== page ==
In 1964, an estimated 95 percent of the world's recoverable helium was produced within a 250-mile radius of Amarillo. Three new plants, which began operating in that year, doubled existing capacity, resulting in refined helium production of 304,909,000 cubic feet valued at $10,672,000, and crude production of 1,751,924,000 cubic feet valued at $18,812,000. In 1968 helium was extracted from natural gas at federal plants in Amarillo and Exell in Moore County, and at two Phillips Petroleum privately owned plants in Moore and Hansford counties. Refined helium production in Texas in 1968 stood at 365,000,000 cubic feet, valued at $9,560,000, and crude production at 1,043,700,000 cubic feet, valued at $11,428,000. Crude unrefined helium was placed in underground storage for conservation purposes at the government's Cliffside gas field near Amarillo. By the time the helium industry celebrated its centennial at Amarillo in 1968, Potter County was the "Helium Capital of the World."

In 1970 four extraction plants operated in Texas, including two Bureau of Mines plants and two Phillips Petroleum Company plants in Moore and Hansford counties. The bureau's Amarillo plant shut down that year, but the Exell plant was modernized. In 1970 high-purity helium production totalled 141,000,000 cubic feet, valued at $4,917,000, and crude helium production 1,190,000,000 cubic feet, valued at $13,053,000. Production declined from 1974, when crude helium production dropped to 35,000,000 cubic feet valued at $420,000 and no pure helium production was reported, until 1980, when high-purity helium production, the only kind reported, totalled 38,000,000 cubic feet valued at 874,000. In 1990, when helium was used in cryogenics, leak detection, and synthetic breathing mixtures, production estimates were no longer recorded, as output and value of crude helium plummeted, and helium in Texas was recovered chiefly by Air Products and Chemicals, Incorporated, in Hansford County. Trend watchers in the industry, however, anticipated increased production to supply the demand created by the development of new high-tech products.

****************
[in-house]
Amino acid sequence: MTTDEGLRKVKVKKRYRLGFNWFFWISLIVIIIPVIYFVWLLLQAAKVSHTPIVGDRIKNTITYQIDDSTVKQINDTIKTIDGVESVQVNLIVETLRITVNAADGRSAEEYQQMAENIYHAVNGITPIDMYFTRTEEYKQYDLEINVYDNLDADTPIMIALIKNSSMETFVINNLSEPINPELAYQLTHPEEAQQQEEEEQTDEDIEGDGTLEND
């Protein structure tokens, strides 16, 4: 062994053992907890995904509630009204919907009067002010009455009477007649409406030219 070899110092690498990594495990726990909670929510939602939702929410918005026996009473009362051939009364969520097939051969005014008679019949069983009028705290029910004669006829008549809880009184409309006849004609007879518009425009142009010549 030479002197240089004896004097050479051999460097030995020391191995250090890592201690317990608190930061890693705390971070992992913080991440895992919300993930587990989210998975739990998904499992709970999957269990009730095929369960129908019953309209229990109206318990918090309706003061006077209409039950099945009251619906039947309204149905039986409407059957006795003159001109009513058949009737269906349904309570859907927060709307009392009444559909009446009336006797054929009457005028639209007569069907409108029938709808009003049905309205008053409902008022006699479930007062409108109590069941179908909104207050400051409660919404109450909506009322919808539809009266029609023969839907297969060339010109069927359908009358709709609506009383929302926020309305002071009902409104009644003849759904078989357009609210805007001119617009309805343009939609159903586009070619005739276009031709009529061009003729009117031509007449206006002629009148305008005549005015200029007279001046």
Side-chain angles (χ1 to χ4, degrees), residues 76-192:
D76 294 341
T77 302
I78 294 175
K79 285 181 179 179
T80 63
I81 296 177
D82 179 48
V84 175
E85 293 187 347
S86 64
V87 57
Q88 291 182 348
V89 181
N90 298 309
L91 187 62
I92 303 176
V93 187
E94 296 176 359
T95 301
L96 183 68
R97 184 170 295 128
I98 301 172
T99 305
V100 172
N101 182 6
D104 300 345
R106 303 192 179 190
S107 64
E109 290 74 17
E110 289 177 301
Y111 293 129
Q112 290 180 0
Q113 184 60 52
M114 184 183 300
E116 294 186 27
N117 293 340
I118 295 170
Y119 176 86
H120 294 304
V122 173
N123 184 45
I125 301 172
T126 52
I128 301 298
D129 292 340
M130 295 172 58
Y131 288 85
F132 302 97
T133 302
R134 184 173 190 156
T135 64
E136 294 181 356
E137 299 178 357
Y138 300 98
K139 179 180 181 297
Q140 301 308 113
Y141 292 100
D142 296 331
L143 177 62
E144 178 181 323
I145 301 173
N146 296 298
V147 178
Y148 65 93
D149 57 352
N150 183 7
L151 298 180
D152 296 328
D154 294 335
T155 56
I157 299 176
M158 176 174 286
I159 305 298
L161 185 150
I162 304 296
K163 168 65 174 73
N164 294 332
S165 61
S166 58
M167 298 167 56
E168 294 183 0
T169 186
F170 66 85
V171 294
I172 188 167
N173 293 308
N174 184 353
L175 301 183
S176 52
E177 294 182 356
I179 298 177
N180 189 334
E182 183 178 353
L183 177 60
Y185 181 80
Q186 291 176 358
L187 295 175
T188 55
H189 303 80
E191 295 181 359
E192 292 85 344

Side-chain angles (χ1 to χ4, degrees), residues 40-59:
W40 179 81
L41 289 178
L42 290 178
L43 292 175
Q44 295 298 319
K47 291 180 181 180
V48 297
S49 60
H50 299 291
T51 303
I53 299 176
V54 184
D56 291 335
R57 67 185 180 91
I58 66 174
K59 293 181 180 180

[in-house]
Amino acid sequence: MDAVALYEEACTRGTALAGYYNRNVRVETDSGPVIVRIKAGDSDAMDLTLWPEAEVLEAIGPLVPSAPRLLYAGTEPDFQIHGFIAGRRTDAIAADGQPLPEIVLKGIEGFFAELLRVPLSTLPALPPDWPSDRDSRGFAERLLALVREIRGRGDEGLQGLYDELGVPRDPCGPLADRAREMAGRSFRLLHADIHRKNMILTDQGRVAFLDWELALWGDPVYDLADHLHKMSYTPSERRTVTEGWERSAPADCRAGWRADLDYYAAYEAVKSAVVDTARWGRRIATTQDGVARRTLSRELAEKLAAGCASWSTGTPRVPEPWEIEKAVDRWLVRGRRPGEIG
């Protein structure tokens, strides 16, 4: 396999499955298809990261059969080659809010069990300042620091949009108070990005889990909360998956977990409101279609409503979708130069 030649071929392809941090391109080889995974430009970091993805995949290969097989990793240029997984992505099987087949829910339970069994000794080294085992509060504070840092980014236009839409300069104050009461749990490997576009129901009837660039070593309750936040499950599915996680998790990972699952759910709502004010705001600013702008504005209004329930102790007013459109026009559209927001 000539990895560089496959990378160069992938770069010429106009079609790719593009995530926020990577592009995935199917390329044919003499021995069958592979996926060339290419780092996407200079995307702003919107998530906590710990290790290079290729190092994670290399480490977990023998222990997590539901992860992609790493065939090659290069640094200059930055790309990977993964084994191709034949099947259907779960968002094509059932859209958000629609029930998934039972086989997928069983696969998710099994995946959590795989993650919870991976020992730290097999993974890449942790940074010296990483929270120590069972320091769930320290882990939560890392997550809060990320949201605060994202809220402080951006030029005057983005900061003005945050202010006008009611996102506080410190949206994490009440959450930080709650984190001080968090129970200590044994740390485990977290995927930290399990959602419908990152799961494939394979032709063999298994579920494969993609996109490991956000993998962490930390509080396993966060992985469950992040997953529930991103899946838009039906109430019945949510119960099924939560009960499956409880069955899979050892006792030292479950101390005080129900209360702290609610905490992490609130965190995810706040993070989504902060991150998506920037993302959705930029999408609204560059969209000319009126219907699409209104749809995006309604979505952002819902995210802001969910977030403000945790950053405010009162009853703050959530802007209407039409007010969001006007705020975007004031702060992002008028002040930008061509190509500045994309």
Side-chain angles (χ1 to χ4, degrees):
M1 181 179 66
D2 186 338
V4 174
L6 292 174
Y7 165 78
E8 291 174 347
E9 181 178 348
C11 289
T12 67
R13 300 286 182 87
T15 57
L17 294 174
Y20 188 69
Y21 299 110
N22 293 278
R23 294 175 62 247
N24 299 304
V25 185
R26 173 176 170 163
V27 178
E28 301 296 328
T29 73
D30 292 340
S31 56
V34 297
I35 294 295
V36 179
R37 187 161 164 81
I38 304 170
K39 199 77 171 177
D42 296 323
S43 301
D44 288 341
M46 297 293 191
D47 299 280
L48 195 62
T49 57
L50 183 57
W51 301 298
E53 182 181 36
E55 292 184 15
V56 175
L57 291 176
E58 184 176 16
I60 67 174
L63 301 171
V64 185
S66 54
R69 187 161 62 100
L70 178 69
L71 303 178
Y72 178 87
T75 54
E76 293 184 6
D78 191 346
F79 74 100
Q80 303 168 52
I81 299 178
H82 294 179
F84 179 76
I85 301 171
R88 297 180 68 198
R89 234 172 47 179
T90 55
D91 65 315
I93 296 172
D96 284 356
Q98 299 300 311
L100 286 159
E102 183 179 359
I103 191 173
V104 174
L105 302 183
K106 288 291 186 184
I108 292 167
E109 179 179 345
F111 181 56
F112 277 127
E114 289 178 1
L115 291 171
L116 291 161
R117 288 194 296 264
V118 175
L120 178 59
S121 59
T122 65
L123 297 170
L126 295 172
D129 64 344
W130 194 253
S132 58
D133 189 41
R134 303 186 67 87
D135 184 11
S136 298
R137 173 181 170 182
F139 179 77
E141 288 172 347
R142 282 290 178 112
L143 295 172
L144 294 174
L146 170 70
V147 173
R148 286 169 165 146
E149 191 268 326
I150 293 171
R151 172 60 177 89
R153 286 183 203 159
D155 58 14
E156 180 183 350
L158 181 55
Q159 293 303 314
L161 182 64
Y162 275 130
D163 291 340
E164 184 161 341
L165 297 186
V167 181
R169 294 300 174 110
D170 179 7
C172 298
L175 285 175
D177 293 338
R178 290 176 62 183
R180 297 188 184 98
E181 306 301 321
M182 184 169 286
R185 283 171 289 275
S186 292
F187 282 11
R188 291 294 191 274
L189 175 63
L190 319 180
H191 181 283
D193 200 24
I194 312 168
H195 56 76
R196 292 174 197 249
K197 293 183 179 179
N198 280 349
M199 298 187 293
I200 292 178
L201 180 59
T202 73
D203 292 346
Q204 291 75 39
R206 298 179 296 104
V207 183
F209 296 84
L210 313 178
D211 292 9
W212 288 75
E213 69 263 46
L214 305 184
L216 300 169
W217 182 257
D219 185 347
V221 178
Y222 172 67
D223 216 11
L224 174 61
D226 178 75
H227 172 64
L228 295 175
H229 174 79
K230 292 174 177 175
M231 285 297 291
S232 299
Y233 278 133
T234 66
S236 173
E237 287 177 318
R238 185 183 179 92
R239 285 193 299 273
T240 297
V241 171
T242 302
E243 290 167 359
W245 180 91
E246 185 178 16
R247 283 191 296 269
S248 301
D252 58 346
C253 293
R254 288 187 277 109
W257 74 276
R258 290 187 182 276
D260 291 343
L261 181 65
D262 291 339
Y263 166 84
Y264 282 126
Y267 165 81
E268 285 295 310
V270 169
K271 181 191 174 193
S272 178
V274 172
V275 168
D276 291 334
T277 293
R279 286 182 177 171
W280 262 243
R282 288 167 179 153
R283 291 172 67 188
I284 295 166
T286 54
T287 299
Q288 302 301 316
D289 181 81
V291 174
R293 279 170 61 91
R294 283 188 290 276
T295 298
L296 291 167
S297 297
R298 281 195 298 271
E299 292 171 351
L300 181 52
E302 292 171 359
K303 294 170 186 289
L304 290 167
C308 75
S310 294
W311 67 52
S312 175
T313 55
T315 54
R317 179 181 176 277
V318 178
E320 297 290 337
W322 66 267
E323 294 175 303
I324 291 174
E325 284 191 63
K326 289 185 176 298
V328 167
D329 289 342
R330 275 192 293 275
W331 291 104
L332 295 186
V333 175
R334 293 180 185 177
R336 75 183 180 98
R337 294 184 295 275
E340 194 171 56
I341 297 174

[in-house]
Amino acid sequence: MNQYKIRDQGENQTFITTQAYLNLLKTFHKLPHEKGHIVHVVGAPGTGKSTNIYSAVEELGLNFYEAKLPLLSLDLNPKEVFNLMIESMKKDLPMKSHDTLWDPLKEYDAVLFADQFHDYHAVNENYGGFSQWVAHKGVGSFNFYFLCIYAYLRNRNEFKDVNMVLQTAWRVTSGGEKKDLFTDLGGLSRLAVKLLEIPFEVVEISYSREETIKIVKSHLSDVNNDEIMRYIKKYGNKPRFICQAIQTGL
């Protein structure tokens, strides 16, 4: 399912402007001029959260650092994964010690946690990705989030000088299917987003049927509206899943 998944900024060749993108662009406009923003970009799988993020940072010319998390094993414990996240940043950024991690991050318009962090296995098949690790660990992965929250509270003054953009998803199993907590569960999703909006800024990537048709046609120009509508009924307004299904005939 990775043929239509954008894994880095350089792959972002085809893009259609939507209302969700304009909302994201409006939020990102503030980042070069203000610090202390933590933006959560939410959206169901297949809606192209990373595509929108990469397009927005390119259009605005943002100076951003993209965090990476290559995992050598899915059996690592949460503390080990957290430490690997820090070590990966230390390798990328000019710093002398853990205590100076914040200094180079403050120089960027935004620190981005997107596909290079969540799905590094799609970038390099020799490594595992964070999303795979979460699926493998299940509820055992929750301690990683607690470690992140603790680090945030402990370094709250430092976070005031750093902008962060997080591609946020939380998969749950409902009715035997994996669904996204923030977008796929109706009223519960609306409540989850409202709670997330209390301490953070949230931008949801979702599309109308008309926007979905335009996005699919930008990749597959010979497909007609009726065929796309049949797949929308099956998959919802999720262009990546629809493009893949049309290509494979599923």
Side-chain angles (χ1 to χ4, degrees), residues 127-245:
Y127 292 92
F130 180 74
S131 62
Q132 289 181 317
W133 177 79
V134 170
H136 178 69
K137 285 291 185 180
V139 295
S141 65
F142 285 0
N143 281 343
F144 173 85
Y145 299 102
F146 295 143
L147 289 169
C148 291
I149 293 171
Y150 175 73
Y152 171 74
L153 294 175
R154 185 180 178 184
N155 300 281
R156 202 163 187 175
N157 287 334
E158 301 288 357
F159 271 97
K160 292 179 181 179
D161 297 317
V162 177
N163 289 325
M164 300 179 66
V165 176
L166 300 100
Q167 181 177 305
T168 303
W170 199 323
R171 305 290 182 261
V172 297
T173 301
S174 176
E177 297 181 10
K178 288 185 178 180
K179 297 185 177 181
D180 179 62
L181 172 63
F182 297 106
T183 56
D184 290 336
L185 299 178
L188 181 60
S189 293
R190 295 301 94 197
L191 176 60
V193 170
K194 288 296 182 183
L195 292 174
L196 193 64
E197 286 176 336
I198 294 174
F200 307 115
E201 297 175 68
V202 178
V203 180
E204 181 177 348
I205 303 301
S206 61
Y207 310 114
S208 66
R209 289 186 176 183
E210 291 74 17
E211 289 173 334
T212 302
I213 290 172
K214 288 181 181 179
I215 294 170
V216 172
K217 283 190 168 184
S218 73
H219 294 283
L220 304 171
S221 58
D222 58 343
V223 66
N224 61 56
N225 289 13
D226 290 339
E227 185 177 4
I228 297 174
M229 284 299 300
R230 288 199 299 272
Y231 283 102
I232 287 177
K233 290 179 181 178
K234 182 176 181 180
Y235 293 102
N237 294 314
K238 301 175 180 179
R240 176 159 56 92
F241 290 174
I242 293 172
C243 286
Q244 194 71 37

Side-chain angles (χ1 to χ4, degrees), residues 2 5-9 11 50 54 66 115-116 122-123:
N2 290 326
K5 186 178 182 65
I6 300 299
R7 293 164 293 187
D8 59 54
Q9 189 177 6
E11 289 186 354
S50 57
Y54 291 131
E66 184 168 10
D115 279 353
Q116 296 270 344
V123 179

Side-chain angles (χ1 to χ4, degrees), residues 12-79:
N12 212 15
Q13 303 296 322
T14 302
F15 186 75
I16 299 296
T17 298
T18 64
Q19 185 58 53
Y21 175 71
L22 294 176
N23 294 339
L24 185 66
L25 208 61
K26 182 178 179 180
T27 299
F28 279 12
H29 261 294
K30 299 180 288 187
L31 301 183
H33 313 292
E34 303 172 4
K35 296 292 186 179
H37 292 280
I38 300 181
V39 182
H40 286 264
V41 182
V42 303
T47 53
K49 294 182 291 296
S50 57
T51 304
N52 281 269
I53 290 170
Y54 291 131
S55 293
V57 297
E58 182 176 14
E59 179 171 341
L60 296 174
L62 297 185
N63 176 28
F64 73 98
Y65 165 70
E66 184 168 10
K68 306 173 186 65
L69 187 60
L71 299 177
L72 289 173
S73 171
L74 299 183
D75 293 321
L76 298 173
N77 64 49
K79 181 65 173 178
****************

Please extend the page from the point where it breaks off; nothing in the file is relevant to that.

In mid-1993, a controversy arose when the Bureau of Mines continued to stockpile helium at a time when the government sold only about 10 percent of the helium it produced, and raised its prices to a point that allowed private helium producers to sell at lower prices. Others questioned the bureau's helium policy after it borrowed $252 million in 1960 in response to fears of shortages spawned by the nation's growing space program. Though it claimed the figure was meaningless since the government simply owed money to itself and the General Accounting Office had agreed the debt should be cancelled, the Bureau of Mines was responsible for $1.3 billion of the national deficit by 1993 as interest accrued. To complicate the issue further, private interests claimed that if the debt was forgiven, government-produced helium could then be sold cheaper than privately produced helium.

Pertaining to Helium (Amarillo: Chamber of Commerce, 1939). U.S. Bureau of Mines, Minerals Yearbook. Bobby D. Weaver, ed., Panhandle Petroleum (Amarillo: Miller National Corporation, 1982).
  • Oil and Gas Industry
  • Natural Gas Industry

The following, adapted from the Chicago Manual of Style, 15th edition, is the preferred citation for this entry.

Diana J. Kleiner, “Helium Production,” Handbook of Texas Online, accessed August 08, 2022, https://www.tshaonline.org/handbook/entries/helium-production.

Published by the Texas State Historical Association.

February 1, 1995